If you do something once around this time of year, then do it again 12 months later, does it qualify as a holiday tradition?
Last November, spurred on by the warm rush of sentiment Thanksgiving typically inspires and a tighter-than-usual publication deadline I dropped my patented Mr. Crankypants attitude to compose a list of things for which a guy who gets paid to watch television should be thankful. (Granted, anybody who can manage to pick up a check just for sitting on his ass in front of a TV should be grateful for that alone, but I digress.)
The exercise proved so exhilarating, I decided to do it again. Because as much as we all rail against "reality" shows and bitch about the infomercial wasteland, this truly is an incredible little box we have plugged into our homes. It parades the entire world in front of our eyes in real time, no less makes us all connected through shared emotional moments, keeps us up-to-date on every nanosecond of Anna Nicole's personal life and convinces us that Katie Couric can't possibly make it as a network anchor.
Then, just when you think television is as good as it can get, along comes HD! To think I used to dismiss hi-def as a cheap parlor trick to extort more money from consumers until I spent the majority of the summer watching one. Holy Moley! It's amazing. It's the mirrors.
Hope I'm around long enough to see what wonders the next generation of technology will bring. Until then, here's my present-day list of a few favorite tele-things:
TV20: It's now called "MyTV," though for the most part, you can have it. But our stalwart indie station was lucky and prescient enough to carry free over-the-air Tigers games in this most magical of Detroit baseball summers. Word is the Tigers now want more money for 2007 broadcast rights because the team performed so well. God, Mr. I, please don't screw this up.
Frank Turner: For giving me so much fodder to write about this year and reminding us that man cannot serve God and the 6 o'clock news.
Heroes: The kind of original, remarkable series that makes NBC look like it actually knows what it's doing. It's great to see a strong Asian character (Masi Oka) in a positive role, and any show that needs to save a cheerleader for the world to survive can't possibly be bad.
Vincent D'Onofrio: How this guy isn't nominated for an Emmy every year astonishes me. He may be the hardest-working man in show business: Producers had to bring back Chris Noth as Det. Mike Logan to split episodes with D'Onofrio, since so much of Law & Order: Criminal Intent has revolved around him. But his Det. Bobby Goren may be the most complex and fascinating character on network TV.
Charlie Rose: Best straight interview series on TV today. But wouldn't you think a guy pulling down his kind of cheese could afford cufflinks and a comb?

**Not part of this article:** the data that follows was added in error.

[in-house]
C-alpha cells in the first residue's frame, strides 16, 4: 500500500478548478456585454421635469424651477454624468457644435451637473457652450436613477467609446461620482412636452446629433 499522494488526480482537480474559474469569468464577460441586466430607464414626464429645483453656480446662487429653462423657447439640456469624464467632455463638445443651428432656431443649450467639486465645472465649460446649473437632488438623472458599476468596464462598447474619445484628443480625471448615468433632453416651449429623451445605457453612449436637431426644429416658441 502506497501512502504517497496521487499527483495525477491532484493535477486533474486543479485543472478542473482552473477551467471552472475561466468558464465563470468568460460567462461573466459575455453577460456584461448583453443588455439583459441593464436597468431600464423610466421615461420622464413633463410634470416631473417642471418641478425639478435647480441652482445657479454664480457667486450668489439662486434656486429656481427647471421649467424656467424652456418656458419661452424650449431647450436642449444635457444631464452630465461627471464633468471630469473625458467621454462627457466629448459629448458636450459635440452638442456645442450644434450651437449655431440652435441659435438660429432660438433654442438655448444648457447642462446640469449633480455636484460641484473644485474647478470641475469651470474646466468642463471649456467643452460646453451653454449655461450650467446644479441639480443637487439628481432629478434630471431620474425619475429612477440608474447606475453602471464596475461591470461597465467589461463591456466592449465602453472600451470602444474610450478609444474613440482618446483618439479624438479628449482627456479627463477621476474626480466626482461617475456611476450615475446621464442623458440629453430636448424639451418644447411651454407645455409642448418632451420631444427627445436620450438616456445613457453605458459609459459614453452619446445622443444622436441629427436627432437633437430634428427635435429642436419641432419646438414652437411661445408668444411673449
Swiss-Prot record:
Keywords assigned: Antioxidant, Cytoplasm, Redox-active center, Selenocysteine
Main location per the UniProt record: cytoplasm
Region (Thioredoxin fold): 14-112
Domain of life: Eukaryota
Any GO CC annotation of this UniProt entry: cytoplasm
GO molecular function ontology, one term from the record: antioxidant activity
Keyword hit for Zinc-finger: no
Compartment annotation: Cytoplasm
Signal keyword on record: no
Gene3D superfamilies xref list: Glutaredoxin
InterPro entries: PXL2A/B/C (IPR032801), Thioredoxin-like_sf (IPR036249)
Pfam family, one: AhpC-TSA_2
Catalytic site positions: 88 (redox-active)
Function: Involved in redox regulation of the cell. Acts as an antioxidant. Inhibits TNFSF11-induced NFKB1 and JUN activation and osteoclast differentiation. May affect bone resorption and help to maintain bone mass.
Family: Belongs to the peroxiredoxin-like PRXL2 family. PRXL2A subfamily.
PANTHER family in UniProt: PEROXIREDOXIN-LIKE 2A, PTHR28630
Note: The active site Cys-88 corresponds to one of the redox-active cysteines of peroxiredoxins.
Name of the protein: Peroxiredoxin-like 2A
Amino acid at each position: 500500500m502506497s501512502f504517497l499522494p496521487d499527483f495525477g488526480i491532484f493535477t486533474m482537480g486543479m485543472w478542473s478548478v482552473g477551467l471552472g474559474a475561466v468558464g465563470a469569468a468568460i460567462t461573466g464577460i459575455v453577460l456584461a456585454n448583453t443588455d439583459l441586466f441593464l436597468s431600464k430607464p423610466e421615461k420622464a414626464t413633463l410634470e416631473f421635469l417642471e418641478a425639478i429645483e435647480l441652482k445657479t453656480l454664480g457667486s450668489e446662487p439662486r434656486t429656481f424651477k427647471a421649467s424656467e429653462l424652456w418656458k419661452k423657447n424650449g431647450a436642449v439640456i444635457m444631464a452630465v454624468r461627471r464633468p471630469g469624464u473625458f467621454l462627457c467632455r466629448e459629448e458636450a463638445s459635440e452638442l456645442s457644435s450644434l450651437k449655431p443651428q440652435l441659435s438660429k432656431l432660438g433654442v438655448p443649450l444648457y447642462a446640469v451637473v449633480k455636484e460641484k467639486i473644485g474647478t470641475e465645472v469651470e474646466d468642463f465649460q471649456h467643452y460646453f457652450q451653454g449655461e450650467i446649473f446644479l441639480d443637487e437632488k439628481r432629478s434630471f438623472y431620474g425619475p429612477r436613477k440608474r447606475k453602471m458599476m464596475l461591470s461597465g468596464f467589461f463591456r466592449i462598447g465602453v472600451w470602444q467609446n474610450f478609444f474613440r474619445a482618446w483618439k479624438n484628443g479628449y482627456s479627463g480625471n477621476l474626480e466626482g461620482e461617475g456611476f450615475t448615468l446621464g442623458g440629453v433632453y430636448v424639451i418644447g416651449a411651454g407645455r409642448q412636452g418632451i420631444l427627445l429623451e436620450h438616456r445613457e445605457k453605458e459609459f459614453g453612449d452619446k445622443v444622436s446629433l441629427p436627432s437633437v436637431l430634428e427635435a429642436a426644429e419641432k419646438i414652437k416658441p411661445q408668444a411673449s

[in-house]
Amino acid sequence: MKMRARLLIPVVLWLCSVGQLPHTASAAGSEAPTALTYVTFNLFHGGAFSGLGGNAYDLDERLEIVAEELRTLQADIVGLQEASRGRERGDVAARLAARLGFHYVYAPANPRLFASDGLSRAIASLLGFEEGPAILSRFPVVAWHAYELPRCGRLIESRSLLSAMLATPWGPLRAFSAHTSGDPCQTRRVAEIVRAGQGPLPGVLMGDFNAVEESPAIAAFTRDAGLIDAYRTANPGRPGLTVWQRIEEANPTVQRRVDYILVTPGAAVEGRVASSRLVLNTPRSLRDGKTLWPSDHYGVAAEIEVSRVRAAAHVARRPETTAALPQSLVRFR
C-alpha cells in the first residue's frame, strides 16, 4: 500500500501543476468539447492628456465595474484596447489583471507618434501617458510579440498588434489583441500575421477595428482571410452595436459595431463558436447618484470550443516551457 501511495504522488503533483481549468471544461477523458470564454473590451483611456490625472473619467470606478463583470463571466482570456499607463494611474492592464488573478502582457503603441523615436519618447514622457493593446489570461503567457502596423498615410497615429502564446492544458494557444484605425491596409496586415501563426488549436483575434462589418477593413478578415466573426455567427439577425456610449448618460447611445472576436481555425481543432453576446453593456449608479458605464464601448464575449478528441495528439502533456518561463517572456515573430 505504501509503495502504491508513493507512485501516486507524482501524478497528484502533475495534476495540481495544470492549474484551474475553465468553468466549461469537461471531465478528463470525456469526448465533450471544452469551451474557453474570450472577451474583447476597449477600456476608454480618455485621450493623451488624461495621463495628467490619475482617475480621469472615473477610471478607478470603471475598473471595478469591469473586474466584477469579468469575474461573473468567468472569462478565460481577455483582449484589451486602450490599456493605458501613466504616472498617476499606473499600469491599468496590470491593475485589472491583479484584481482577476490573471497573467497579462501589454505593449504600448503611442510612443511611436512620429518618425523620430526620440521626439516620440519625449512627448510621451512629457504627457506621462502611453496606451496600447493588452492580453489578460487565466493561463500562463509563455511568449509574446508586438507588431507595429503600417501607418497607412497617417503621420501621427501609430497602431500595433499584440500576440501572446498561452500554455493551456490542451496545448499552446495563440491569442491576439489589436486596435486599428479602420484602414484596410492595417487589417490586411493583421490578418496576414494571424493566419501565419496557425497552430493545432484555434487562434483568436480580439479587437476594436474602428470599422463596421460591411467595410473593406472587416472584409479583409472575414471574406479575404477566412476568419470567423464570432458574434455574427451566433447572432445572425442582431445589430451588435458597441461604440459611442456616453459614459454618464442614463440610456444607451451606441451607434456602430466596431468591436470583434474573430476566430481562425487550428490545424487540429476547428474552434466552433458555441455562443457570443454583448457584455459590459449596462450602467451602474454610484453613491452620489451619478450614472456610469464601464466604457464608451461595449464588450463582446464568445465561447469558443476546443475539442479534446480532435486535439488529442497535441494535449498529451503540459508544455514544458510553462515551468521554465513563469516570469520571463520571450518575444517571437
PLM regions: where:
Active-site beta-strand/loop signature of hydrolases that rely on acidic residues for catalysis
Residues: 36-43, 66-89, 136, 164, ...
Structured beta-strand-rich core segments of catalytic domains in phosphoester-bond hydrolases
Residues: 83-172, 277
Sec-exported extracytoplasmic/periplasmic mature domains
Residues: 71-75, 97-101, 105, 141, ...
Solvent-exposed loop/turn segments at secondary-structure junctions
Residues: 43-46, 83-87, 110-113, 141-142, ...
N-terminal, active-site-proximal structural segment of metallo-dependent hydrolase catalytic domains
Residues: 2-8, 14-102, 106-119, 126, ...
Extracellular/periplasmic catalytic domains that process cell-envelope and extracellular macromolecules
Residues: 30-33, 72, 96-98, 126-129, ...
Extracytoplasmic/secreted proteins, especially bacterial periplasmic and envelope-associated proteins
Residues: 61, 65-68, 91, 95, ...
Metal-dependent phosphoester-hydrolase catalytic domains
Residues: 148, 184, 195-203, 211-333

Marla Drutz: The coolest and most powerful woman in Detroit television that you probably don't know. She's responsible for virtually every entertainment program you watch on Channel 7, and much of what I know about the medium was learned years ago by sitting on the other side of her desk.
Dancing With the Stars: To me, this show explains why there is so much dreck on TV: If network bigdomes knew which series would be national sensations, don't you think they'd only program those shows? Who could have possibly predicted that a replacement series featuring has-been stars and retired jocks ballroom dancing would become a breakout phenomenon? Or that Jerry Springer could be so charming?
The way Carmen Harlan says "tonight": I've always found it incredibly sexy. And no, I haven't any idea why.
Deadwood: What a fucking great show! Those motherfuckers probably offer the most realistic portrayal of the Old West television has ever dared to display. But they sure say "fuck" a lot, don't they?
George Blaha: Oh, happy day! With our venerated voice of the Pistons now doing double duty on Fox SportsNet as well as TV20, there's twice as much "Count that baby, and a foul!" to enjoy. And really, who would you rather hear calling a Pistons game on a winter's night? Blaha is like comfort food for the ears. (Yet Fred McLeod, we will miss you; Cleveland's gain is our loss, sir.)
Leno: I find myself savoring each Tonight Show I'm up late enough to see lately, as if I know the series is on some sort of death watch. People said the same thing when Jay replaced Johnny, and 2009 is still a long way off, but something tells me that smartass redhead Conan will be a massive disappointment when he assumes the throne as king of late-night.
Lee Thomas: For his wit, panache ... and courage.
Robbie Timmons' blue eyes.
People who compare key moments of their real lives to a Seinfeld episode: I've never quite understood why these folks find their own lives so relatively uninteresting. But every time I hear someone say, "Hey, this is just like the time when George ..." I'm strangely fascinated.
You: If you aren't reading these columns, the Metro Times shifts its editorial budget toward a pottery critic. Thank you. And Happy Thanksgiving.Jim McFarlin is media critic for Metro Times. Send comments to firstname.lastname@example.org